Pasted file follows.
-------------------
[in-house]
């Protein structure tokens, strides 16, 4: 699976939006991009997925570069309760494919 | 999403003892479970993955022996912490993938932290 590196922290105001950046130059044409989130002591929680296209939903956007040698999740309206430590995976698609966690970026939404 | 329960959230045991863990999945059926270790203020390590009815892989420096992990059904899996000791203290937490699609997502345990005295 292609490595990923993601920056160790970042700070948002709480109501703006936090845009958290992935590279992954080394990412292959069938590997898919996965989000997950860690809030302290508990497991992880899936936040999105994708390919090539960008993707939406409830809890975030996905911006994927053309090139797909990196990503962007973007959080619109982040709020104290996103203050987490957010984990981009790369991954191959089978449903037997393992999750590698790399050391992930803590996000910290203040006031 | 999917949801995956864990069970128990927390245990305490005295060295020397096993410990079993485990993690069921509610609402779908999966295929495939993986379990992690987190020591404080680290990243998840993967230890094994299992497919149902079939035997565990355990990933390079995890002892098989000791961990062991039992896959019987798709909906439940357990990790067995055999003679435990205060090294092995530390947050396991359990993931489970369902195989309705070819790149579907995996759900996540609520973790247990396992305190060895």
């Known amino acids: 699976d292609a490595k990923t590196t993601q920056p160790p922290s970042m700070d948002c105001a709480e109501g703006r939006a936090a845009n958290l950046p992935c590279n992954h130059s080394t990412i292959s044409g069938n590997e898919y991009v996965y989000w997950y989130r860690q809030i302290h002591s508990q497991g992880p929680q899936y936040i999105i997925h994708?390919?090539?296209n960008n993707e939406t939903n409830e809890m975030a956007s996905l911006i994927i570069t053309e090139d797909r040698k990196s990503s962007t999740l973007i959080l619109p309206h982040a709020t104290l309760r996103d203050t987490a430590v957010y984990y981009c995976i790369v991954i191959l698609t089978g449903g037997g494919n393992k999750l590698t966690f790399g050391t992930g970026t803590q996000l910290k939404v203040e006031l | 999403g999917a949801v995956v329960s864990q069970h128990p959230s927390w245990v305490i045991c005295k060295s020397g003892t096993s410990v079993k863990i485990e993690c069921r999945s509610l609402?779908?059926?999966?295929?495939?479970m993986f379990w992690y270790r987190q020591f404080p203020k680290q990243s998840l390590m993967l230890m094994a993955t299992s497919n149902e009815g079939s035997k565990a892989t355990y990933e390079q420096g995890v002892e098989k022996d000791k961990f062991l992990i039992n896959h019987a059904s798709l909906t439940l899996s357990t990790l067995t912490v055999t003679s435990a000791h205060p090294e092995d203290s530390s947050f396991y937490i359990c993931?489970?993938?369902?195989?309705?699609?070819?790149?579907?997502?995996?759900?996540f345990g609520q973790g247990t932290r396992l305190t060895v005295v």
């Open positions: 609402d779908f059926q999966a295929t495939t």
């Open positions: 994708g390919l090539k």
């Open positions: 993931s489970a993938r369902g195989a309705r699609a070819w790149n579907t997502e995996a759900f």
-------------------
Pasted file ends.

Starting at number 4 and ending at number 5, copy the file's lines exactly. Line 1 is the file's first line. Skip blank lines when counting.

């Open positions: 609402d779908f059926q999966a295929t495939t």
């Open positions: 994708g390919l090539k």